Dom Cardine placed greatly increased emphasis on the alternate use of ligatures and single notes, especially on the interruption of a ligature, that is, replacing a ligature by a shorter one plus a single note (“la coupure neumatique”). This is the most arguable aspect of his reading of the early notations, and some scholars have no use for it, since—as with the pitch direction to be read in staffless notation—the rhythmic significance of graphic separation is read most easily by those who not only believe it is there but also think that they know what it is. None the less, abundant concordance can be observed between the various kinds of separation and alphabetic (as well as non-alphabetic) signs of nuance; this concordance can be taken as confirmation of a rhythmic significance to be read in the separation and alternate notation. It is not my purpose here to discuss the matter systematically, to agree or disagree with the Cardinists in principle or in detail; I only perform it as I read it.

My purpose in this Archive is to record a performance that results from my own reading of L, supplemented by C (or E, where necessary). I start with the Vatican version as printed in Graduale triplex, interpreting it with as close a reading as I can of all the signs of pitch and nuance in L. I note the occasional slight differences of pitch, as already exemplified. I am happy when L and C agree; when they do not, I am interested in the difference as a possible index to alternate musical sensibilities on the part of tenth-century singers. In this Archive I usually follow L, since I usually like his version better.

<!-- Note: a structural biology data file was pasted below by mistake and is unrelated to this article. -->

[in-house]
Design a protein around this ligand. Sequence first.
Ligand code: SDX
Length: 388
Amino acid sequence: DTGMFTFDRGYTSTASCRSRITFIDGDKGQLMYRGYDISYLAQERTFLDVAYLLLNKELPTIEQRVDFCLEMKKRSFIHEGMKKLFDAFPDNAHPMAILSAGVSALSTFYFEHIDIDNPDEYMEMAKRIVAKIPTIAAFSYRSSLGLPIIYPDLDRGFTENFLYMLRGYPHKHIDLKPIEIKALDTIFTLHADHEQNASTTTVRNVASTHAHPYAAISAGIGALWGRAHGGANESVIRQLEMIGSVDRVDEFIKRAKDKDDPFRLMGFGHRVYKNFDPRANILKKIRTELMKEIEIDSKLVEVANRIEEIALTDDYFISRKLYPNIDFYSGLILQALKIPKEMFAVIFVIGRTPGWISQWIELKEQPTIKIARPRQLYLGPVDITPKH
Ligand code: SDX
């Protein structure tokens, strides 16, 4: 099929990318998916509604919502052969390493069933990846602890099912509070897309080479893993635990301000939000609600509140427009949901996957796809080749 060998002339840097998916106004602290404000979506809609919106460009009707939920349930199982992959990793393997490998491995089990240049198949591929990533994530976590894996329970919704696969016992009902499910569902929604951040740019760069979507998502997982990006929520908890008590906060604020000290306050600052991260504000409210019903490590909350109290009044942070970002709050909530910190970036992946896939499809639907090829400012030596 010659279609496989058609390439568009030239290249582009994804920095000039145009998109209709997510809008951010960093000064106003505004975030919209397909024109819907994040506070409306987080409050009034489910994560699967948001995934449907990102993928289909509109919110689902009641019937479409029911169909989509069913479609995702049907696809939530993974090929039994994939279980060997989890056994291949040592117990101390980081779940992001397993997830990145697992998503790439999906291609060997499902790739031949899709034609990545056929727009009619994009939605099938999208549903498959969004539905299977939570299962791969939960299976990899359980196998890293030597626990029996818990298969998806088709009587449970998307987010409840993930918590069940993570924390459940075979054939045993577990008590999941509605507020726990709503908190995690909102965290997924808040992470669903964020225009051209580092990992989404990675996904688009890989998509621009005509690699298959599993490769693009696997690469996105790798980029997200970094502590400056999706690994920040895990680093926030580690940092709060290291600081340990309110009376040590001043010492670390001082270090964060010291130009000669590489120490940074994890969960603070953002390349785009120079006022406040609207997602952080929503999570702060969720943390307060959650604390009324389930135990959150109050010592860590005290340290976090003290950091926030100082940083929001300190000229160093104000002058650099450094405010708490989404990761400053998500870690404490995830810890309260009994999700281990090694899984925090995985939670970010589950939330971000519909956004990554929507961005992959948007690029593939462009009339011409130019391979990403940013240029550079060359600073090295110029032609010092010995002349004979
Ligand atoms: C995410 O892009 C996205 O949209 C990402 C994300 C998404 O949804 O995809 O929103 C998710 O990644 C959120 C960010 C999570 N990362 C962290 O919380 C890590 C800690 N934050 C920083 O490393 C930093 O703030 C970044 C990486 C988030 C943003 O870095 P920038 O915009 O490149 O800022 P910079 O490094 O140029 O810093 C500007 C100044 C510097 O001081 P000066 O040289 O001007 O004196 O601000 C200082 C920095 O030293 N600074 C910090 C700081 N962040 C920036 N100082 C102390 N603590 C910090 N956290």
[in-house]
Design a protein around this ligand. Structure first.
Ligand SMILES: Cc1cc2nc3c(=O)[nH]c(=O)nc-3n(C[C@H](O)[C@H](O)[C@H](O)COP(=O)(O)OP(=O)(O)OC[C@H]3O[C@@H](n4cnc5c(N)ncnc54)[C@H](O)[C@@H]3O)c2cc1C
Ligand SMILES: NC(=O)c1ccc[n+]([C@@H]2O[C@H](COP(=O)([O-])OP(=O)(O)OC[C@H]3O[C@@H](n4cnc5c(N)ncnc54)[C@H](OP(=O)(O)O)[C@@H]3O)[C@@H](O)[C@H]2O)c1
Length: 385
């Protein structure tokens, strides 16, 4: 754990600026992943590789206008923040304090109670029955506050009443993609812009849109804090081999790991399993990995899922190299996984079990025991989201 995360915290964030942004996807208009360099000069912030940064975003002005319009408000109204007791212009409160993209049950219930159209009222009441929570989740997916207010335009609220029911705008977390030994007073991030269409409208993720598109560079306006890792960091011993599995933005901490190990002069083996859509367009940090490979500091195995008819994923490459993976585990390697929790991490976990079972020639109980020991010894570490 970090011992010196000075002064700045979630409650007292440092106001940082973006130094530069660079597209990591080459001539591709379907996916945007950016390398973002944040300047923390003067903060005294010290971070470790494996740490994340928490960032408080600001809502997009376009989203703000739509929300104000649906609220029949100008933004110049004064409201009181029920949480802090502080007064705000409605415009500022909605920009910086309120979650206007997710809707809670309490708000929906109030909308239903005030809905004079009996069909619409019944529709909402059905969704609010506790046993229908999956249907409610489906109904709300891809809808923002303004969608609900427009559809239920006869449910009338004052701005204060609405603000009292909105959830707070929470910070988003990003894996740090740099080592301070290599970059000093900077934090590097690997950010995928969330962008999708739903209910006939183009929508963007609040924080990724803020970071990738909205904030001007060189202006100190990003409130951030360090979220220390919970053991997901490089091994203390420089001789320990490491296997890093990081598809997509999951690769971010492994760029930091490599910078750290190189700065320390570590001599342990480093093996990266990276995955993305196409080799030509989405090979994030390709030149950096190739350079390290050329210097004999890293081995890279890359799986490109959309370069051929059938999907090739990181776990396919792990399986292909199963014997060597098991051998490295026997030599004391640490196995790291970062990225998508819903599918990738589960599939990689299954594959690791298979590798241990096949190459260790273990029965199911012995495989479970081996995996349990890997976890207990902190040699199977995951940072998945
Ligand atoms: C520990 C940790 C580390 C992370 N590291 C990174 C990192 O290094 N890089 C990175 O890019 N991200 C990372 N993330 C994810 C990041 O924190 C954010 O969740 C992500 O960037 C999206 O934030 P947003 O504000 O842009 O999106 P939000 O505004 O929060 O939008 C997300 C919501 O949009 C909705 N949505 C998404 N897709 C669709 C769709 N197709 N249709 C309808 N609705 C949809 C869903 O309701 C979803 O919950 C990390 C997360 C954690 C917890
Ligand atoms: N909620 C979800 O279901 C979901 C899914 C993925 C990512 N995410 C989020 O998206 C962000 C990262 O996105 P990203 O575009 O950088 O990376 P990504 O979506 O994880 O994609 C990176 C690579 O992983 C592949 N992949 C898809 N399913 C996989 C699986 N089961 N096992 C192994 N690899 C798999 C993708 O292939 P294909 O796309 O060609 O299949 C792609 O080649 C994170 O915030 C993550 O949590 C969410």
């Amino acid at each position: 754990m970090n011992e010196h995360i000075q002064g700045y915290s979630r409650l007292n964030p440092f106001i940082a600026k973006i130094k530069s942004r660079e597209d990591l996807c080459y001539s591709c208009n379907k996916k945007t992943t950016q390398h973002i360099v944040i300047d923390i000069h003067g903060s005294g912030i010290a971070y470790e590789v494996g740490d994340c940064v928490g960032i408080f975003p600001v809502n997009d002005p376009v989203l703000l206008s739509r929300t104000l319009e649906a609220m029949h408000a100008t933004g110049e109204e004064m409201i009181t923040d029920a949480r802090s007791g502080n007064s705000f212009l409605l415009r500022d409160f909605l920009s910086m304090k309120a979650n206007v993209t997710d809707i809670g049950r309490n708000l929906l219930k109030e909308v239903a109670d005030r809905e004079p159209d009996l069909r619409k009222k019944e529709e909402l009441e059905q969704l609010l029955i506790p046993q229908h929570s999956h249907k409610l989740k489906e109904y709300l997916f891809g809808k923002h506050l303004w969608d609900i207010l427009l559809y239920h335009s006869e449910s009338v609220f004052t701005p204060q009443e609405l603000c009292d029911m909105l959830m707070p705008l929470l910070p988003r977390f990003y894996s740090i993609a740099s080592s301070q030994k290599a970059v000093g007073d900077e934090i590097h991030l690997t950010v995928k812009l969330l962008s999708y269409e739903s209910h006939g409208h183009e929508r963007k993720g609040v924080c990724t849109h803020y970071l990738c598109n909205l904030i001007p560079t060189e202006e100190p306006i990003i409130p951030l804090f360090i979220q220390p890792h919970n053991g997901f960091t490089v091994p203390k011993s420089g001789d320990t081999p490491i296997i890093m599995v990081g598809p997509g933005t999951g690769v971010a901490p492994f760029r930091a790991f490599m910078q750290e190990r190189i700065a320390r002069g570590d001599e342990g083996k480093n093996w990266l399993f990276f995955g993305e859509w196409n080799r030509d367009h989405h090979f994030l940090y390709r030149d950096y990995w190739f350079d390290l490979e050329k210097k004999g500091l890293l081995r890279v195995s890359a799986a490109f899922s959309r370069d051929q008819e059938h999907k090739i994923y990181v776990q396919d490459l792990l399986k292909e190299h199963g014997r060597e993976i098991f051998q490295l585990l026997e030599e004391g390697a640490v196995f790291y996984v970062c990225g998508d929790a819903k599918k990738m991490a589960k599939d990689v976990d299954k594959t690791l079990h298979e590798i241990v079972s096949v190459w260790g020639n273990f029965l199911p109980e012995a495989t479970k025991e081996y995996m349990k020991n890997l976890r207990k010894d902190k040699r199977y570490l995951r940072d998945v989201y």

In directing a group of singers, I have found it difficult to obtain a unanimous performance that seems to me to match my own reading close enough to suit me. This is a function of my own limitations as a director as much as it is a result of the individual nature of my reading of the notation. In the context of singing for an imminent performance, for instance at Mass on Sunday, agreement would of course be reached; it would represent a group reading, and perhaps, in the end, that is the most appropriate one. In any case it is required for normal performance of Gregorian chant, which is choral, except for possible solo performance of verses. In that respect, the performance in this Archive is mostly not appropriate, and merely expedient. None the less, despairing of agreement in performance—in my lifetime—I still am desirous of recording the whole repertory the way I read it.